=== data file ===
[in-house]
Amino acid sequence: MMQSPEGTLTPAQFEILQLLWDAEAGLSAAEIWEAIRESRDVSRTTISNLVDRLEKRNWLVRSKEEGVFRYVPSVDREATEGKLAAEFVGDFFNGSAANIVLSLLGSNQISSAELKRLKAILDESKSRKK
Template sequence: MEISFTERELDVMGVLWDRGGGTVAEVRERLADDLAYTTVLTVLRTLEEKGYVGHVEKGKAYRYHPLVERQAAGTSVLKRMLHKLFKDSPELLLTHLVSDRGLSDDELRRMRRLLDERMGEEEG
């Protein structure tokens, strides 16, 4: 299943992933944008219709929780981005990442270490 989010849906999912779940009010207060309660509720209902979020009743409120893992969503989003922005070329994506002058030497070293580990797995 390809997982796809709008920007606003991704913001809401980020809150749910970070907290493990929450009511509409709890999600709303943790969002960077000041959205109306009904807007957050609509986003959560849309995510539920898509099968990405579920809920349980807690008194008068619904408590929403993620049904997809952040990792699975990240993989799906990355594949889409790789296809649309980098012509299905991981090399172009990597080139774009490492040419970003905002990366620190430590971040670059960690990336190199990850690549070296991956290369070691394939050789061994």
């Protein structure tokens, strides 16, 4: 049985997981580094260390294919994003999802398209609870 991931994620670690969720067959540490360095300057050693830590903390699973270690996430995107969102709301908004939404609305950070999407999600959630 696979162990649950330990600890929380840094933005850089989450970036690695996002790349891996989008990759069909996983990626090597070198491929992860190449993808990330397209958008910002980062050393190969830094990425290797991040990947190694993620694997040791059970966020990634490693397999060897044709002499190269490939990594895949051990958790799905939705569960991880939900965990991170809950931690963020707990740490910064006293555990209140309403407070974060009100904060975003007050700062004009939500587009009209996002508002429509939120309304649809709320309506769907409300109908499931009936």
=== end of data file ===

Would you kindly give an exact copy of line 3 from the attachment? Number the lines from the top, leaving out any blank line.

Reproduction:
Template sequence: MEISFTERELDVMGVLWDRGGGTVAEVRERLADDLAYTTVLTVLRTLEEKGYVGHVEKGKAYRYHPLVERQAAGTSVLKRMLHKLFKDSPELLLTHLVSDRGLSDDELRRMRRLLDERMGEEEG